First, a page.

The strain created by this internal war generates insidious effects on the controller’s entire life. They can manifest themselves in physical or mental disorders, social withdrawal, marital trouble, or concealed alcoholism.26 Arthur Shostak and David Skocik claim that the union argued that stress was caused by the autocratic FAA system, rather than the job itself. But as the passage and statements above indicate, this distinction was often unclear or omitted, opening the way to critics who urged rejection of the stress-relief argument for several reasons: 1) the most comprehensive study of controllers, the Rose Report, found medical proof of the job’s hazards conspicuously elusive; 2) widespread abuse of medically-related retirements discredited PATCO’s claim that 89% of controllers never survived until normal retirement; 3) the love that controllers professed for their jobs and the long waiting list of applicants to the FAA’s academy for controllers undermined claims of its killer characteristics; 4) stress as the ATCs explained it was hardly unique to the controller’s job, as satirist Mike Royko put it, almost as many people head for bars at 5 p.m. each workday as get on commuter trains or expressways . .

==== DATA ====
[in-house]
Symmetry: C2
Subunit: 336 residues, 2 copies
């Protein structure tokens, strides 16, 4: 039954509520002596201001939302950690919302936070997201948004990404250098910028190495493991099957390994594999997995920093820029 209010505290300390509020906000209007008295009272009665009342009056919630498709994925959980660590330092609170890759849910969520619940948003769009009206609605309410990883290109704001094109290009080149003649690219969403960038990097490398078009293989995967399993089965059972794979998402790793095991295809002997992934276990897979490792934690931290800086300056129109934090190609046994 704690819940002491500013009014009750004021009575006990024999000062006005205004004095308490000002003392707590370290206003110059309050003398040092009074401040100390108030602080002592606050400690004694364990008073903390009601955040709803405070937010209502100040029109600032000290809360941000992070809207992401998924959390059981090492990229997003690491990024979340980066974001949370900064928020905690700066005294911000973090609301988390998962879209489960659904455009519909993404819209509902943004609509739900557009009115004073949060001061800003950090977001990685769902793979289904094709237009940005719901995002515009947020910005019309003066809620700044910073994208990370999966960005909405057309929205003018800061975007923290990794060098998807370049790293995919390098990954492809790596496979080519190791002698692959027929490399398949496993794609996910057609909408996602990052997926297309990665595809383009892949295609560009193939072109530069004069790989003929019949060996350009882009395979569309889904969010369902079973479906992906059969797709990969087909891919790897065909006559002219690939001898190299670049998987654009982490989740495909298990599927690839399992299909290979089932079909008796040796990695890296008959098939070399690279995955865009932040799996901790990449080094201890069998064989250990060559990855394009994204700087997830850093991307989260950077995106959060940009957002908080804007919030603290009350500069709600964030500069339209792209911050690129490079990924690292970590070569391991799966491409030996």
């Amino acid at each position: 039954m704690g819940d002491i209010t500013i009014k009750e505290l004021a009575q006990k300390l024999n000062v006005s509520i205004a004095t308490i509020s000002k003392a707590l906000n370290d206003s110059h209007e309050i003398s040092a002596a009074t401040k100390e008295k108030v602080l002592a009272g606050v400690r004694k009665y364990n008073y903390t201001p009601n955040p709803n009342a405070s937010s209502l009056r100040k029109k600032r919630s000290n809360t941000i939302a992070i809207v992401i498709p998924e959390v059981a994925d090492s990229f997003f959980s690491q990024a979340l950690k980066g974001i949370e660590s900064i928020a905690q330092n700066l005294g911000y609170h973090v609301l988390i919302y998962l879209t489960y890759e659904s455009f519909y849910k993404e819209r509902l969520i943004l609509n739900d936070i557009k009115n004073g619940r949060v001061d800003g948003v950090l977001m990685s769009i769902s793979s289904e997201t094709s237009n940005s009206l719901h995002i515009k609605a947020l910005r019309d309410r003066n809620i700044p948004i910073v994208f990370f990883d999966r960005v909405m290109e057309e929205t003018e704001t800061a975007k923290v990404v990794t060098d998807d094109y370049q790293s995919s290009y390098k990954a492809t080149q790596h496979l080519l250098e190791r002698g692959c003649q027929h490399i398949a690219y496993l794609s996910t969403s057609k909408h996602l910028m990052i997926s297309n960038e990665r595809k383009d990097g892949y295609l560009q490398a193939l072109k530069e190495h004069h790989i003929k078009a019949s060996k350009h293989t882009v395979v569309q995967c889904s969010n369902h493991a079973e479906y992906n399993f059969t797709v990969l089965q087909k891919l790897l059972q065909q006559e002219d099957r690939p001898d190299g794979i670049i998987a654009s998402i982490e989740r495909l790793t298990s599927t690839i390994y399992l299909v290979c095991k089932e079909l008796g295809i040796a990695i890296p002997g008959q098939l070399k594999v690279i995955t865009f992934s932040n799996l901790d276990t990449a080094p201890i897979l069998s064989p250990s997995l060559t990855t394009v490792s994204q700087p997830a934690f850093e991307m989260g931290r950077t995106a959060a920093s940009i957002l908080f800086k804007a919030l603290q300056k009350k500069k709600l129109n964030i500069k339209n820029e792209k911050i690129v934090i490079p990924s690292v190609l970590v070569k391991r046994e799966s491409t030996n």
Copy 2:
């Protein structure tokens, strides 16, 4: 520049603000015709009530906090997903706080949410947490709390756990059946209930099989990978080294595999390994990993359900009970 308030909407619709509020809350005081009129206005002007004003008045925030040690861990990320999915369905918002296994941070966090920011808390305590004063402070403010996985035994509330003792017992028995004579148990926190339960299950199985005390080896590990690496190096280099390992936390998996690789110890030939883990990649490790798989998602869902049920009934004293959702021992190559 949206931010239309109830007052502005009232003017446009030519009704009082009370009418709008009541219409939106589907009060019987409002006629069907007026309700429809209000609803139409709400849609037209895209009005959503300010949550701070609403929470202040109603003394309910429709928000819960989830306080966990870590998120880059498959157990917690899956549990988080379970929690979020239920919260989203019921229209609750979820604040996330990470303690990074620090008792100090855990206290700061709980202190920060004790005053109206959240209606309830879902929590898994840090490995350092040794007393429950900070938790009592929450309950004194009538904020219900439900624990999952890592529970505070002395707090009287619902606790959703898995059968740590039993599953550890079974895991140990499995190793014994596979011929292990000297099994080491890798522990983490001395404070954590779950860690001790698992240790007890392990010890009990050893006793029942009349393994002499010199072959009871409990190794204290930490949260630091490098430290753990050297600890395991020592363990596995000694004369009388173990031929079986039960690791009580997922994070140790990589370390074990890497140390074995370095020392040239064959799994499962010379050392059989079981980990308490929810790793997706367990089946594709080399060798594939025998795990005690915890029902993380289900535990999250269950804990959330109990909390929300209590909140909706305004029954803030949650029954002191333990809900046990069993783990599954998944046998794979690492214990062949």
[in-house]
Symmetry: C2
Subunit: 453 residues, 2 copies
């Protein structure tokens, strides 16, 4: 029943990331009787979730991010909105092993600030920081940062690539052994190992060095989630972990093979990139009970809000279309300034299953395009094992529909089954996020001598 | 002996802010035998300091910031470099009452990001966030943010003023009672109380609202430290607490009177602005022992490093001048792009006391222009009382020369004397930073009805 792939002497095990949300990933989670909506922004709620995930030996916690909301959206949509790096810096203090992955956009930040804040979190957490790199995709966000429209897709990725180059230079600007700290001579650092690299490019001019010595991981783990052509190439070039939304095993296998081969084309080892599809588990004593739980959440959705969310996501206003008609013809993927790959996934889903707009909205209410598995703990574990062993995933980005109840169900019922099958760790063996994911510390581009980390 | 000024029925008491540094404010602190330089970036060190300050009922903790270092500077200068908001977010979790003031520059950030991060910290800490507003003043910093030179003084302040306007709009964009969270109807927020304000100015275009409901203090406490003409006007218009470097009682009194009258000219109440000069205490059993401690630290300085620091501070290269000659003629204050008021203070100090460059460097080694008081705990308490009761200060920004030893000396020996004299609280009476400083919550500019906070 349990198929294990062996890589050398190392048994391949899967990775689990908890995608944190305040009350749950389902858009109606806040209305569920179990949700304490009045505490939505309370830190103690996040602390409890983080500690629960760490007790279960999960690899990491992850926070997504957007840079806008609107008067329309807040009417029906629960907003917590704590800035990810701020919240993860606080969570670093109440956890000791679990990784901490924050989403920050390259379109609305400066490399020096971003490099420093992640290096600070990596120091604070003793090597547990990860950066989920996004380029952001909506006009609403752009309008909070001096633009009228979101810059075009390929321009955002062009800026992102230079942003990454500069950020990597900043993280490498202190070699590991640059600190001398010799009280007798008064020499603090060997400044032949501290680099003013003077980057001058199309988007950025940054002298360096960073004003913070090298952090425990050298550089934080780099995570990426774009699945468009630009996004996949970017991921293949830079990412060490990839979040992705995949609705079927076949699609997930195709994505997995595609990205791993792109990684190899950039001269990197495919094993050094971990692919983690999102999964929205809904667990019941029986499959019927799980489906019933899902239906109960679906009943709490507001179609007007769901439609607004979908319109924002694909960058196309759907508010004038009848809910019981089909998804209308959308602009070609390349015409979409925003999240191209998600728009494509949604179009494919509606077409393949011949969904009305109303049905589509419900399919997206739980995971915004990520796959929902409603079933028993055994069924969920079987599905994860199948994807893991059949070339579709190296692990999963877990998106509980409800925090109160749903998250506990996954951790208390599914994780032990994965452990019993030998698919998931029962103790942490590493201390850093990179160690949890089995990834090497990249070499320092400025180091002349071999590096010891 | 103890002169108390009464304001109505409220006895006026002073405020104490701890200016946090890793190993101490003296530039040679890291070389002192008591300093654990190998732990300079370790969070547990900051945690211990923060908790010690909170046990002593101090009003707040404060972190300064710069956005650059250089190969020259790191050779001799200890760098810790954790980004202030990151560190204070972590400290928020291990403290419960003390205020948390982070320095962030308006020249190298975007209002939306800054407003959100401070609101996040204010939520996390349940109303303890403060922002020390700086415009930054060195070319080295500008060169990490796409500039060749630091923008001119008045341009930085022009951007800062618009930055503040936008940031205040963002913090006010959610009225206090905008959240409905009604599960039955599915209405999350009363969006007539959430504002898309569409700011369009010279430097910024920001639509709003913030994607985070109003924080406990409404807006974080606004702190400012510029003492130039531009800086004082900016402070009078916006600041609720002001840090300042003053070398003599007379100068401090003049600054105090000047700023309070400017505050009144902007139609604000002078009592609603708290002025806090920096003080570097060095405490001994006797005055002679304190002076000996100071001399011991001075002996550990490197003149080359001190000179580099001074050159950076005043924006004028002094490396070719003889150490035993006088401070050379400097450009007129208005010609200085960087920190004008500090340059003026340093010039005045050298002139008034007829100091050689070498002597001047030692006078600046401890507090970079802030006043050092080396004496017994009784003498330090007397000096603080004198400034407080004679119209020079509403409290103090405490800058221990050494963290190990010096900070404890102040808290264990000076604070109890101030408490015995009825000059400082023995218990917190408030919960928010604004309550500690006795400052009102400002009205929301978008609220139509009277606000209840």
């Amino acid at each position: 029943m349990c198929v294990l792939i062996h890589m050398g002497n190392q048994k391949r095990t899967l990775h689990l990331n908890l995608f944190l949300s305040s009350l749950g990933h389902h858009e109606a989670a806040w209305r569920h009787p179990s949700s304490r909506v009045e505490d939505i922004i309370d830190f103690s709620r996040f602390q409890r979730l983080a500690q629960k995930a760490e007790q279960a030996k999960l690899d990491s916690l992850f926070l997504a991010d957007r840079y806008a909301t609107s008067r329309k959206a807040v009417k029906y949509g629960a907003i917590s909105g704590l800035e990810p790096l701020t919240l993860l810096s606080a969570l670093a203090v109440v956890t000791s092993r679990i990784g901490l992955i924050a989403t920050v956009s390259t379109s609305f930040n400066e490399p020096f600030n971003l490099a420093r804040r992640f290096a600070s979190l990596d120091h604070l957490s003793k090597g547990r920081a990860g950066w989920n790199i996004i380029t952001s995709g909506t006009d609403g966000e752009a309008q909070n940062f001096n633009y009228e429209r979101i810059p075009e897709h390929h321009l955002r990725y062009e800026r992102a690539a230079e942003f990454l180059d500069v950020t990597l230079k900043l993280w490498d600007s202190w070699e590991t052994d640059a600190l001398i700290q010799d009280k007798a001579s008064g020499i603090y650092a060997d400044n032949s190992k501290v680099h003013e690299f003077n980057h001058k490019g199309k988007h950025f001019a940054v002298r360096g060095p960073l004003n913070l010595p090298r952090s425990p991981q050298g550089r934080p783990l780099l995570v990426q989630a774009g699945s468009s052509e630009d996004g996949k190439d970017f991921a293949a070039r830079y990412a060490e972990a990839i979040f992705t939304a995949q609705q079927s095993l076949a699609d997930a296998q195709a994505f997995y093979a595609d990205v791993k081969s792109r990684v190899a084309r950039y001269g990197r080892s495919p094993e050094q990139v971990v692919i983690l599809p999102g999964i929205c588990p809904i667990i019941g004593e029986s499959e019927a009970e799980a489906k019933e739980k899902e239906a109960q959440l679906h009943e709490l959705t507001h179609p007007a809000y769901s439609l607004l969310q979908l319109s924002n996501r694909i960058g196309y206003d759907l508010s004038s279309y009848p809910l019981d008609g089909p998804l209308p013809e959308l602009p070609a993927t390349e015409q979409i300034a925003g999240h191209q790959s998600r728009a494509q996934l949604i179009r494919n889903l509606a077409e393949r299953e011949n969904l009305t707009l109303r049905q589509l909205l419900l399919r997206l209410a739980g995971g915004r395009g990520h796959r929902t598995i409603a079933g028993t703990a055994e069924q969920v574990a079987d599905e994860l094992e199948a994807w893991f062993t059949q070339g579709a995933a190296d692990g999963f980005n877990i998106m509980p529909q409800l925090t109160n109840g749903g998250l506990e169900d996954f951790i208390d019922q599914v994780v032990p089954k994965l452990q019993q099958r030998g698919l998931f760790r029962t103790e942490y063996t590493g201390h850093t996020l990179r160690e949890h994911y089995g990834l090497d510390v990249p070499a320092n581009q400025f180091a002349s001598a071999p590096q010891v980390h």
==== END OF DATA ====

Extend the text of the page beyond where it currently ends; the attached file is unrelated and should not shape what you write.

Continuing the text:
. A lot of people would like to give the striking controllers a pat on the back, but their own hands are shaking too much.27 Citing such points, the FAA maintained that workplace reactions to stress were simply an individual matter and thus did not require organizational changes or reforms. 28 Adherence to a strict medical definition of stress forwarded this thesis and undercut PATCO complaints that referred to quality of life issues outside the workplace such as family. In 1981 controllers were primarily protesting the conditions under which they worked and their inability to change those conditions rather than the work itself. It was the environment over which they had no control–faulty equipment, long hours, mandatory and unscheduled overtime, fear of arbitrary reprisal, fear of losing the ability to handle the job adequately, and being left without a means of supporting self and family–which led to intolerable stress, burnout, and health problems.